Jammed, crammed, scheduled days define our lives. Overloaded people want homes that provide comfort and opportunity to relax. We seek homes which can transform from intimate family spaces to workplaces to entertainment spaces. Today we expect home spaces that are flexible, but what does this mean to you?
Gone are the days of homes with fixed floor plans and rooms designed for sole purposes. Media rooms of the last decade and formal dining rooms are now incorporated into “heart of the home” spaces. Kitchens are expansive, and include areas where dining, conversation and Netflix binging can all take place in succession. Not only that, family kitchens often opening onto decks and outdoor living areas where hosting and family marshmallow roasting can take place instantly. Guest rooms take on double duty as game rooms or home offices.
According to the San Diego Union-Tribune home design trends include, “areas in the home that don’t have a dedicated purpose. That extra room could become a suite for an aging relative or a quiet office for a family member working from home.” Realtor.com reports a “resurgence in demand for flexible-living spaces, also called bonus rooms or multipurpose rooms.”
Not only have our home layout expectations changes, our working lives have grown more flexible. It only makes sense that our homes reflect these trends too. According to the Gallup Organization 43 percent of the 15,000 people surveyed reported they spent at least some time working remotely. Gallup’s findings indicate that the share of people working remotely four to five days per week has increased to 31 percent.
That means you need a space other than the kitchen table where you work. As reported by BuilderOnline.com telecommuters need space where they can have privacy and focus on their work and avoid distraction. Builders are responding to this trend and incorporating flex spaces which can be used by telecommuters.
In other flex space trends, the desire for fitness and wellness are driving the trend of home gyms and fitness centers. Full-on gyms are usually found in upscale luxury homes, however, some homeowners are adapting flex spaces to accommodate their fitness equipment.
BuilderOnline sums up the need for flex spaces, “A flex room makes sense for buyers who aren’t sure if they need a dedicated home office...The multifaceted space can be turned into a child’s playroom, a guest bedroom, a den, or a home office. Providing homeowners with a space that they can envision suiting their individual need is essential, and doesn’t limit the perceived uses of that room to only one function.”
Charleston’s new home builders are pro-active building flex space in a great majority of their homes. Buyers at every price point will find thoughtfully planned options to meet their expectations.
Family living flex spaces
American home buyers want open floor plans. Depending on their family needs, they may use the square footage for family living and dining, or my choose to incorporate a play area for their young children. When children grow up, they may set-up a family dining area, relocating the play area to an upstairs flex or loft space.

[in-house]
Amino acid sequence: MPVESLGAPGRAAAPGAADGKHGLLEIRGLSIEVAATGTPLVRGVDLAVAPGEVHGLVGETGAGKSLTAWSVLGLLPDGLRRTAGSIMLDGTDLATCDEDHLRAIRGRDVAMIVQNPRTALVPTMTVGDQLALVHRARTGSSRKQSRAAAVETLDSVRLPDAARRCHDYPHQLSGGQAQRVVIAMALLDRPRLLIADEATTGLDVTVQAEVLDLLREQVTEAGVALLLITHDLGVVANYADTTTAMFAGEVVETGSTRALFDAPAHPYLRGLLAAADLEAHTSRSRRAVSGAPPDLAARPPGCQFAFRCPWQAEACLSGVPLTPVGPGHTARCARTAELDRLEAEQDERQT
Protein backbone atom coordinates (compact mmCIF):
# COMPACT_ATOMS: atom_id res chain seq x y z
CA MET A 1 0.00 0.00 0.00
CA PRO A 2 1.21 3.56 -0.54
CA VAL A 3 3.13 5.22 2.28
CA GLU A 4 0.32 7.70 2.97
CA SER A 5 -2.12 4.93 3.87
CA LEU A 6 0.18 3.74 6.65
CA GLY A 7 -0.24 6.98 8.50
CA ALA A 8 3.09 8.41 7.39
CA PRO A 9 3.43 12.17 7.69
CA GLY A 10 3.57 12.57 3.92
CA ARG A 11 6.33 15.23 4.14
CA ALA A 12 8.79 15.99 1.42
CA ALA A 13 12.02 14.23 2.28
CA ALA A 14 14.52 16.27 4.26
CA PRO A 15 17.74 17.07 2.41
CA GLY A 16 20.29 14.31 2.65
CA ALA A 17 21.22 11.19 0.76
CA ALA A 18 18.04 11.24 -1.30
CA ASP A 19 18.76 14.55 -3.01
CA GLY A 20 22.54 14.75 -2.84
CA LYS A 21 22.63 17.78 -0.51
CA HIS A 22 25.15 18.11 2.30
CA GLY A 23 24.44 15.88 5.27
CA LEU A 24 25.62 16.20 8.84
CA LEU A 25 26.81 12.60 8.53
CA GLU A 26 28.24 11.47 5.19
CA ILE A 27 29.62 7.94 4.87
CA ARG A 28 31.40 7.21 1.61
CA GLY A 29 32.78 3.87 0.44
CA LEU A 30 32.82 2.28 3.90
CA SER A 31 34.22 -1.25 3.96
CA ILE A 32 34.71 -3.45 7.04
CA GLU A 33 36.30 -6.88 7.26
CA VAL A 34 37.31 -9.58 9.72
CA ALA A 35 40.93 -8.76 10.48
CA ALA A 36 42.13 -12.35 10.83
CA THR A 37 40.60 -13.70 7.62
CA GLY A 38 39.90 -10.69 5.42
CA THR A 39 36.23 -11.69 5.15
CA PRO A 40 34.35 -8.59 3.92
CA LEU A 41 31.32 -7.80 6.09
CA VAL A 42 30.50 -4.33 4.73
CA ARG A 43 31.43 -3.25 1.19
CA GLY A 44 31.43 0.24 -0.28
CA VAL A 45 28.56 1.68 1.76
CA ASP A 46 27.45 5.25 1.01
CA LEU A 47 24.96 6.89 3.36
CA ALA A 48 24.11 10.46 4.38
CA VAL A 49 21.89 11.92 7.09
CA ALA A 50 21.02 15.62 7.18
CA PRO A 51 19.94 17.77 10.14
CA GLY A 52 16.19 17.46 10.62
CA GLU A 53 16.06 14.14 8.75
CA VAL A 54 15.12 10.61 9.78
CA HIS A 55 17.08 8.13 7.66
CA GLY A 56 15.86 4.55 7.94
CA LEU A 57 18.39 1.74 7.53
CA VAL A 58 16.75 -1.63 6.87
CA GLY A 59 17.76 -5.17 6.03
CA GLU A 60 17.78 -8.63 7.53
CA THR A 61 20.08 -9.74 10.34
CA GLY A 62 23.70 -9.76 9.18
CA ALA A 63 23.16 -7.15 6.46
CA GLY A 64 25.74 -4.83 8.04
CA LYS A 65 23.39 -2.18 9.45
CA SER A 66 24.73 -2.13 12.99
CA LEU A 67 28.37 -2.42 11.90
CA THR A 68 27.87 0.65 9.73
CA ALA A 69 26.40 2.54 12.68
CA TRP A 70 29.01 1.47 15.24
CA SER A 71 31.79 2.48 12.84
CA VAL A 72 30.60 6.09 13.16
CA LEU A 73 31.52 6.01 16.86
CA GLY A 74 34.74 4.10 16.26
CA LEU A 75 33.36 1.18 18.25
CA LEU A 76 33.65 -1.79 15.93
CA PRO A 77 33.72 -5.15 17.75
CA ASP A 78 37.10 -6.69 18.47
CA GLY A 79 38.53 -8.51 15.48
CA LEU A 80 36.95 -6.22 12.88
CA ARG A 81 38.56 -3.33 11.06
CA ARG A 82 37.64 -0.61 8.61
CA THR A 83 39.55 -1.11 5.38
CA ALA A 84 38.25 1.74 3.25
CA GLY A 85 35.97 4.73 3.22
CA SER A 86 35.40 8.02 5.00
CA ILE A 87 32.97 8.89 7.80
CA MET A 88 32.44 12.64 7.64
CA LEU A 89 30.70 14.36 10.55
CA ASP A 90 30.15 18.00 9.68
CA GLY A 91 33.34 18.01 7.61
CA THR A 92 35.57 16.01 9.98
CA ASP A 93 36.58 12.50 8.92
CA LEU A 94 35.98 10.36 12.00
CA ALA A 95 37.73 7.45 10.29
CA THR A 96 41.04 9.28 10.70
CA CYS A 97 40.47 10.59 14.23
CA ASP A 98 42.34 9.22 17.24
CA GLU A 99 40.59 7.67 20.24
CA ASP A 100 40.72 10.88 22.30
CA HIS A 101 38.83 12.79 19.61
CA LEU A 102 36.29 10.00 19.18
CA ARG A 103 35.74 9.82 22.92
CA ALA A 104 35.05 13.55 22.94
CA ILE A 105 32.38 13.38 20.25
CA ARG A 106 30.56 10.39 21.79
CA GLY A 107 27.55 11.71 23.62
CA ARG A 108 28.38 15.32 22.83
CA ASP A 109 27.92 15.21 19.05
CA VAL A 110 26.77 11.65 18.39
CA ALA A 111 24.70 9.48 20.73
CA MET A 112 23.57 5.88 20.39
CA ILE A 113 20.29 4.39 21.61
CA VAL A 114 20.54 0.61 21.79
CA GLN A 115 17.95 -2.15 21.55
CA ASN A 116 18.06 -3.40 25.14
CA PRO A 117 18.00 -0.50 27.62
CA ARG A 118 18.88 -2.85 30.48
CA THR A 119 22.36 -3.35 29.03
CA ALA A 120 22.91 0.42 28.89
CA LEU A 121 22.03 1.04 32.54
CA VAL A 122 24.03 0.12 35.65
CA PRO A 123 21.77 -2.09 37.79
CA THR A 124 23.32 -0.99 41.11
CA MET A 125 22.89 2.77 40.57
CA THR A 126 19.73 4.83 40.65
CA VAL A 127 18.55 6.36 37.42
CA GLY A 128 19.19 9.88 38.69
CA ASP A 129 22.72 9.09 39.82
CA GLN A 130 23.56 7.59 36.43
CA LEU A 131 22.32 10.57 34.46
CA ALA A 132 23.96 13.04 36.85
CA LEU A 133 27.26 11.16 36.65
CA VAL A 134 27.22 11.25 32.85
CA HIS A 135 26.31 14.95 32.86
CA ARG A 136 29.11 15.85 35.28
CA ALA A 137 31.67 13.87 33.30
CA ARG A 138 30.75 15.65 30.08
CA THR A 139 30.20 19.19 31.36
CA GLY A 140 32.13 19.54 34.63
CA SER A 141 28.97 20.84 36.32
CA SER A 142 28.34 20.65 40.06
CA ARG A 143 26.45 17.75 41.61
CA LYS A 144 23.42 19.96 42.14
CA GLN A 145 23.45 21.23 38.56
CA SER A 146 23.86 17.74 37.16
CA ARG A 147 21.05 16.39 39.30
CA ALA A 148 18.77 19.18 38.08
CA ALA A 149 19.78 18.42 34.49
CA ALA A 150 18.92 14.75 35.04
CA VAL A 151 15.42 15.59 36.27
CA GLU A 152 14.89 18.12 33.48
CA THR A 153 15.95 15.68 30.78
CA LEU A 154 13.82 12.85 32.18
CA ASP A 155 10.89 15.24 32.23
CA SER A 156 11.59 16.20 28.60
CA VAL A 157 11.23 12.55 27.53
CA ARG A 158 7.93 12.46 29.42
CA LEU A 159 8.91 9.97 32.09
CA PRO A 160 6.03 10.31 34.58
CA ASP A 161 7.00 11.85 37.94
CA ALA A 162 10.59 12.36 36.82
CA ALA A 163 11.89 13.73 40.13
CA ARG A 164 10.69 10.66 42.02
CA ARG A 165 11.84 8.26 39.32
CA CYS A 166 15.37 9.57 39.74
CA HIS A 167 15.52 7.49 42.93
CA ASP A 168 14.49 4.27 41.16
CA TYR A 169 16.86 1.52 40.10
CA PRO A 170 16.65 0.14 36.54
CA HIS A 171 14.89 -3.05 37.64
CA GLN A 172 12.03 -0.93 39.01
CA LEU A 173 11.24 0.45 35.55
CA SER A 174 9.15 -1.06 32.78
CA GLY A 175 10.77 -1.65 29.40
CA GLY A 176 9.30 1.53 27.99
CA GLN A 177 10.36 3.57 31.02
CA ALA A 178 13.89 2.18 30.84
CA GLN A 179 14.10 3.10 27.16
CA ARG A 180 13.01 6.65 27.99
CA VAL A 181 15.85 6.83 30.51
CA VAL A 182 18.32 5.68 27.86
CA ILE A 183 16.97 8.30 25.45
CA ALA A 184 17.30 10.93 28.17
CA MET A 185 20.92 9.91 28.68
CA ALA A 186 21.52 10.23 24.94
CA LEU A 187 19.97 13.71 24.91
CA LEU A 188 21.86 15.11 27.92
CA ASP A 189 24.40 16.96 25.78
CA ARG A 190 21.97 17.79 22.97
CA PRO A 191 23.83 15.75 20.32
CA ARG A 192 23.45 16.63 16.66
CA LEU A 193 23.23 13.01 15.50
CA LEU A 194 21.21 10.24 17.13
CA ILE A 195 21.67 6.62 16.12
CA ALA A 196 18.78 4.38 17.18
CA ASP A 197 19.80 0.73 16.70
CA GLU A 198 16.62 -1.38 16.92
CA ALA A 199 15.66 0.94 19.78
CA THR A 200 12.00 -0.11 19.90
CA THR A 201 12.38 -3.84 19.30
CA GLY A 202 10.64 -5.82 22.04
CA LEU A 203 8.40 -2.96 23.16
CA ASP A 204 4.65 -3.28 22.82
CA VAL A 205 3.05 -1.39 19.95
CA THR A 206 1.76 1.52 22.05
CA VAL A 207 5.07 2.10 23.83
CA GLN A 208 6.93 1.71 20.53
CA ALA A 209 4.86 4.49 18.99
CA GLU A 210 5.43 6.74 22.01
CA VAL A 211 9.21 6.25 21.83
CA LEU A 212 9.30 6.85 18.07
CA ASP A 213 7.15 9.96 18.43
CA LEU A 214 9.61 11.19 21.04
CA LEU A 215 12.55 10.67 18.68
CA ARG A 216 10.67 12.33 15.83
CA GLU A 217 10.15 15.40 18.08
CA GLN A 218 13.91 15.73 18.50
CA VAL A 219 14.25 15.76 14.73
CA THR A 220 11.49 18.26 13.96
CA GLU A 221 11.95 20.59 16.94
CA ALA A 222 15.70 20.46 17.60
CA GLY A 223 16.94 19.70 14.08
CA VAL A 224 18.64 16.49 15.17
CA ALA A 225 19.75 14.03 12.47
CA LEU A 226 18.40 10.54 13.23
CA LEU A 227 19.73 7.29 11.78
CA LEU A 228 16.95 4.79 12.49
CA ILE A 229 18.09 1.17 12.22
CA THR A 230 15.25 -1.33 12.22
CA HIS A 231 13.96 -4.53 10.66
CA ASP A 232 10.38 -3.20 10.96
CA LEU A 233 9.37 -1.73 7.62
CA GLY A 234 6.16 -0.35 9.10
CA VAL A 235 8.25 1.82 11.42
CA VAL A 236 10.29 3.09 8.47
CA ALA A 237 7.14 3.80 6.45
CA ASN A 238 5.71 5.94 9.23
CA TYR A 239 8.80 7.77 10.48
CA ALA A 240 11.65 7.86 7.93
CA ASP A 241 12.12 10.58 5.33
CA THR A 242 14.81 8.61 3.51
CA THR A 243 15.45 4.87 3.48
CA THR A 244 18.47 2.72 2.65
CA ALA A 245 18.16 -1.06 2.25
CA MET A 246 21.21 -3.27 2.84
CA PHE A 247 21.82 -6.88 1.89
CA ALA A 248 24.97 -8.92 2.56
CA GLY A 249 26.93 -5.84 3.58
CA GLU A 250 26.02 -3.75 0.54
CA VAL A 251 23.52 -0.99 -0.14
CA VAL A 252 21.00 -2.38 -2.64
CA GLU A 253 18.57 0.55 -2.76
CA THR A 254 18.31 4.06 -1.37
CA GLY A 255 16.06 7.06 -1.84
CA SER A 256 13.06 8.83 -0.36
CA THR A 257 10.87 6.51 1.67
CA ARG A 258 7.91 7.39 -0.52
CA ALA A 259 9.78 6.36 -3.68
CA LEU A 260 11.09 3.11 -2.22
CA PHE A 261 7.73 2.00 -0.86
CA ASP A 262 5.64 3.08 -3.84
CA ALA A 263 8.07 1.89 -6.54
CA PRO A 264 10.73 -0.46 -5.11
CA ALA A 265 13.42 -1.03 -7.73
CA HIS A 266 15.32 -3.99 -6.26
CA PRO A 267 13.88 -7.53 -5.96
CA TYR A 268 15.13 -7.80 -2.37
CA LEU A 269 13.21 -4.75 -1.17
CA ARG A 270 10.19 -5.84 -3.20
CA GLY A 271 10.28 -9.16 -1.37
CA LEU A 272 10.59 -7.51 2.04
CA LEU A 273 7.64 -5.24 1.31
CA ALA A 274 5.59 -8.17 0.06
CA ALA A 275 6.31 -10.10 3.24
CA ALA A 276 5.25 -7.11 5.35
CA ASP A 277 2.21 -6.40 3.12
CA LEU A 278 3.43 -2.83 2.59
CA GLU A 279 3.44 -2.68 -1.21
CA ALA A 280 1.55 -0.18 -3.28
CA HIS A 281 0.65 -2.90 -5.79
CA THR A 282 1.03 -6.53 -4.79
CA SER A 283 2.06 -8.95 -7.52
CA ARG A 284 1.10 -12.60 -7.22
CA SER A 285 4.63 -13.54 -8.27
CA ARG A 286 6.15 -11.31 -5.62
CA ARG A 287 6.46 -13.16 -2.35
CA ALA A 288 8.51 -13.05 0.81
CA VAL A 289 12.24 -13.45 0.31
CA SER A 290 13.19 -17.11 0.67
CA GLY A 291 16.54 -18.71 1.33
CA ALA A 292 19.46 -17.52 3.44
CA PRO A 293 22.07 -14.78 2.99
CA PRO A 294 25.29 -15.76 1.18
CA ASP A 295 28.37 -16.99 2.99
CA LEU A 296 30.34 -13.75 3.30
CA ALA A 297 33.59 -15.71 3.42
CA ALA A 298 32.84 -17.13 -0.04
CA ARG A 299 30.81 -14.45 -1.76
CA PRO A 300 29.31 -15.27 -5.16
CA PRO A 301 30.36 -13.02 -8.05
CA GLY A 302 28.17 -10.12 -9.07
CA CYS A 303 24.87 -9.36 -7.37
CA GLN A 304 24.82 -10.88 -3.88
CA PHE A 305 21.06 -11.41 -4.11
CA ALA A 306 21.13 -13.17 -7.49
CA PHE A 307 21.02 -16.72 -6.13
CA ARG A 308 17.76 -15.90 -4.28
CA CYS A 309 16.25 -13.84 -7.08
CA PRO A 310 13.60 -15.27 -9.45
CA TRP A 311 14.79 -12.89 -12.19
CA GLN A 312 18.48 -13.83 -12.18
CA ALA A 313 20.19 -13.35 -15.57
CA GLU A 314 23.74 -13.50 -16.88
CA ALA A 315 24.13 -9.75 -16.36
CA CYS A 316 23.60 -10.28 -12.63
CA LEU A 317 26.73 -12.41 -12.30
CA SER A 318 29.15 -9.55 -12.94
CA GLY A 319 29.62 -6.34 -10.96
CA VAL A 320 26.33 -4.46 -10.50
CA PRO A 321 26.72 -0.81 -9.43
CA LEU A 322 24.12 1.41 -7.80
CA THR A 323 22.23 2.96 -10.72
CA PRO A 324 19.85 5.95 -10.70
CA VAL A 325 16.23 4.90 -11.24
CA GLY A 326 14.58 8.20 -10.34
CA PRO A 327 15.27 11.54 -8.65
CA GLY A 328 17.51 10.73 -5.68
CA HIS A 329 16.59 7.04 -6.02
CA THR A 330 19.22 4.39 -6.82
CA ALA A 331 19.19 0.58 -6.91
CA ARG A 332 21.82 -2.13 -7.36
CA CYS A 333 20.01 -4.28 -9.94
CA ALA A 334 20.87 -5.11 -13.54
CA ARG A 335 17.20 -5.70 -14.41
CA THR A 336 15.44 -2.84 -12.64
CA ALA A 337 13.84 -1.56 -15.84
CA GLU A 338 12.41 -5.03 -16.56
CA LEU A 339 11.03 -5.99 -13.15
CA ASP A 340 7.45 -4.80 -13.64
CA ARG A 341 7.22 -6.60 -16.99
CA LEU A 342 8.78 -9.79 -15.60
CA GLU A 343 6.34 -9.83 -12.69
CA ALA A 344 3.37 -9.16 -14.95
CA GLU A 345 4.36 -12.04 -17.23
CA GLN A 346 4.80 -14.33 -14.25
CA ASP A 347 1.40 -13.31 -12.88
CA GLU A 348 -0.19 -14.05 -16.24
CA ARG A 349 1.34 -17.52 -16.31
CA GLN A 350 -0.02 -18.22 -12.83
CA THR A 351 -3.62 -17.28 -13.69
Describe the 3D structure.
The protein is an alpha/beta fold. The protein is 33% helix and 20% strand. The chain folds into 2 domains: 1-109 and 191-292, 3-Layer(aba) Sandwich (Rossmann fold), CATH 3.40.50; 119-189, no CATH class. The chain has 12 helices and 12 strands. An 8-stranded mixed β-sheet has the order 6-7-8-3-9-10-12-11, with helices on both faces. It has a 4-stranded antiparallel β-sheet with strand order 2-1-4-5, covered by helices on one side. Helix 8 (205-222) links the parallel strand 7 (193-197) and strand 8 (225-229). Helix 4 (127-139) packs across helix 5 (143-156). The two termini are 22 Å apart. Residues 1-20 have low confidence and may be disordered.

For holiday and special events where you want lots of space for gathering, check out this galley kitchen opening to a gracious family dining area. This home is built by Hunter Quinn Homes at The Village at Fairmont South in Moncks Corner. Here they offer a kitchen with a large island and a dining area which can allow lots of flex space.
Home builders such as Ashton Woods offer outdoor living and dining spaces.
People working remotely appreciate a quiet space where they can remain focused on their daily tasks. A study with French doors ensures privacy. Built by Lennar at Grand Bees, this study is a telecommuter’s dream.
Dan Ryan Homes builds in Bluffs at Ashley River and one of their homes has this expansive loft space which would be perfect for an office. The flex space loft provides enough square footage to allow a dual-purpose space: Office during work days and TV watching in the evening. Of course, you’d need to arrange your furnishings to create two spaces.
In Summerville, Dan Ryan offers the Stonefield in South Pointe Estates. This home has multiple flex space options. With both a flex space room off the family area and a living room, you could have both a home office and a fitness / workout space or even an indoor playroom without sacrificing any family room square footage. One of the options in the floor plan can include transforming one of these space to have a full bath. Then the “living room” can be both an office and Nana’s room when she comes to visit.
Building what buyers want
If you’re searching for a new home in Charleston you will not have to hunt for flexibility. It’s built in. Builders are making flex spaces a standard in homes across the area. We invite you to explore all the builders on Charleston New Homes Guide and see for yourself the amazing array of flexibility in their plans.
Here are several additional flex space ideas you may find inviting.
David Weekley Homes
Dan Ryan Builders
Dan Ryan Builders
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Tagged as: Housing Trends
Categories: The Guide